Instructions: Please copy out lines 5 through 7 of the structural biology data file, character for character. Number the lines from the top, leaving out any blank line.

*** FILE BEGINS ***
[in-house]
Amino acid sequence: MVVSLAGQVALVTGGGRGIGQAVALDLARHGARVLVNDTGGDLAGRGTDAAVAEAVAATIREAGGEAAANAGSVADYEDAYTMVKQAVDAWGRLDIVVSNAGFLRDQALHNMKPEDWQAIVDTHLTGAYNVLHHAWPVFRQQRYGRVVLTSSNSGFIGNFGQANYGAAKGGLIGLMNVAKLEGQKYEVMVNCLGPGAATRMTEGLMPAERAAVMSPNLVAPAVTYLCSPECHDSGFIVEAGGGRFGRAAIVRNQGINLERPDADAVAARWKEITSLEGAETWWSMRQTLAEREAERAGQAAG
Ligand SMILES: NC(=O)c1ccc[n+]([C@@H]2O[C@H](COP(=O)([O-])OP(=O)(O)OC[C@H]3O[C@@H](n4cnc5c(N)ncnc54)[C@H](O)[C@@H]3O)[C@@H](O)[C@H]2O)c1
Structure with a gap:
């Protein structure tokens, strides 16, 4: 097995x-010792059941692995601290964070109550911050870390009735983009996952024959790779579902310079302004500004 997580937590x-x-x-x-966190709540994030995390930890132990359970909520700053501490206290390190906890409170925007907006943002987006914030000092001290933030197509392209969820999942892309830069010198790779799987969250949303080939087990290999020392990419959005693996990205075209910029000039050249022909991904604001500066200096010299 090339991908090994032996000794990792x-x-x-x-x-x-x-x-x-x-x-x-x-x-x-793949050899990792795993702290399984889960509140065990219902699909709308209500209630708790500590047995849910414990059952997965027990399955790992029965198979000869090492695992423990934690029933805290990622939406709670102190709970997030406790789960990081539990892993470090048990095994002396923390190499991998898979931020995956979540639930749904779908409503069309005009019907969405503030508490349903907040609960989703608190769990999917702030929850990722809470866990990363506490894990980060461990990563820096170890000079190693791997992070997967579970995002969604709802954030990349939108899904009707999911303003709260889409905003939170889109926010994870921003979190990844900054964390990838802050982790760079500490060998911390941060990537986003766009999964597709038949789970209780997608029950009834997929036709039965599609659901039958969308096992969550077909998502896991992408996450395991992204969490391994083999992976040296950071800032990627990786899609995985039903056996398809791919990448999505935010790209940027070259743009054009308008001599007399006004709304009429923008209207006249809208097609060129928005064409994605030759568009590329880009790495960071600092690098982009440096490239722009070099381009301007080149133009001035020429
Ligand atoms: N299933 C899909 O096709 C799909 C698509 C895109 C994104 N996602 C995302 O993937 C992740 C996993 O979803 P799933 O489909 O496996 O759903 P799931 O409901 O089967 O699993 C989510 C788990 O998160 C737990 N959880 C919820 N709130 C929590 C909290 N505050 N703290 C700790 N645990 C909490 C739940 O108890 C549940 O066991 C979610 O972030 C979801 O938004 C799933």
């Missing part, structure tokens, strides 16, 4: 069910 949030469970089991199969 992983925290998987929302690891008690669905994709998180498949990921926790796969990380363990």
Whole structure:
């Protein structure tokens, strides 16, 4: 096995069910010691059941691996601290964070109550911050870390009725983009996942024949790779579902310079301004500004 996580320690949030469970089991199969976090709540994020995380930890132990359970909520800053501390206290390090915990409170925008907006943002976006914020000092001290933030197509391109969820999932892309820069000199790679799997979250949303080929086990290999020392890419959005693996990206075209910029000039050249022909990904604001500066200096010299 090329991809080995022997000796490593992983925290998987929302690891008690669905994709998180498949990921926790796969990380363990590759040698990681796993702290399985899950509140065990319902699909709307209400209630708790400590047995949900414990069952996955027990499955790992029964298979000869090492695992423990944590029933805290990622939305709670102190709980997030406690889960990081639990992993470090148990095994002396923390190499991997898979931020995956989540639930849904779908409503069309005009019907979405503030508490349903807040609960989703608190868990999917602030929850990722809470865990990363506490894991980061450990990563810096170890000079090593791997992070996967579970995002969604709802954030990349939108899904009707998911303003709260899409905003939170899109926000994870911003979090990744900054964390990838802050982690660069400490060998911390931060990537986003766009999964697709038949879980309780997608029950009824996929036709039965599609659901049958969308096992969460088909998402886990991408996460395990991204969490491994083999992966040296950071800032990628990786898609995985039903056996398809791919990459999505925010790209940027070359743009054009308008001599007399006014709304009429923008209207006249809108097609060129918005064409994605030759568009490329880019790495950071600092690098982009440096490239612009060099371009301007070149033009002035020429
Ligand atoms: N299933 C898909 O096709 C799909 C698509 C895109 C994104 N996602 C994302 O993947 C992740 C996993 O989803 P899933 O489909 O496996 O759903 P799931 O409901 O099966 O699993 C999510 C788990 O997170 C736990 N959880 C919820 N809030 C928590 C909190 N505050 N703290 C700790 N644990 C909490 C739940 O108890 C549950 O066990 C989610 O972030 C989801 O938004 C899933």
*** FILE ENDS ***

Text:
């Protein structure tokens, strides 16, 4: 097995x-010792059941692995601290964070109550911050870390009735983009996952024959790779579902310079302004500004 997580937590x-x-x-x-966190709540994030995390930890132990359970909520700053501490206290390190906890409170925007907006943002987006914030000092001290933030197509392209969820999942892309830069010198790779799987969250949303080939087990290999020392990419959005693996990205075209910029000039050249022909991904604001500066200096010299 090339991908090994032996000794990792x-x-x-x-x-x-x-x-x-x-x-x-x-x-x-793949050899990792795993702290399984889960509140065990219902699909709308209500209630708790500590047995849910414990059952997965027990399955790992029965198979000869090492695992423990934690029933805290990622939406709670102190709970997030406790789960990081539990892993470090048990095994002396923390190499991998898979931020995956979540639930749904779908409503069309005009019907969405503030508490349903907040609960989703608190769990999917702030929850990722809470866990990363506490894990980060461990990563820096170890000079190693791997992070997967579970995002969604709802954030990349939108899904009707999911303003709260889409905003939170889109926010994870921003979190990844900054964390990838802050982790760079500490060998911390941060990537986003766009999964597709038949789970209780997608029950009834997929036709039965599609659901039958969308096992969550077909998502896991992408996450395991992204969490391994083999992976040296950071800032990627990786899609995985039903056996398809791919990448999505935010790209940027070259743009054009308008001599007399006004709304009429923008209207006249809208097609060129928005064409994605030759568009590329880009790495960071600092690098982009440096490239722009070099381009301007080149133009001035020429
Ligand atoms: N299933 C899909 O096709 C799909 C698509 C895109 C994104 N996602 C995302 O993937 C992740 C996993 O979803 P799933 O489909 O496996 O759903 P799931 O409901 O089967 O699993 C989510 C788990 O998160 C737990 N959880 C919820 N709130 C929590 C909290 N505050 N703290 C700790 N645990 C909490 C739940 O108890 C549940 O066991 C979610 O972030 C979801 O938004 C799933």
């Missing part, structure tokens, strides 16, 4: 069910 949030469970089991199969 992983925290998987929302690891008690669905994709998180498949990921926790796969990380363990």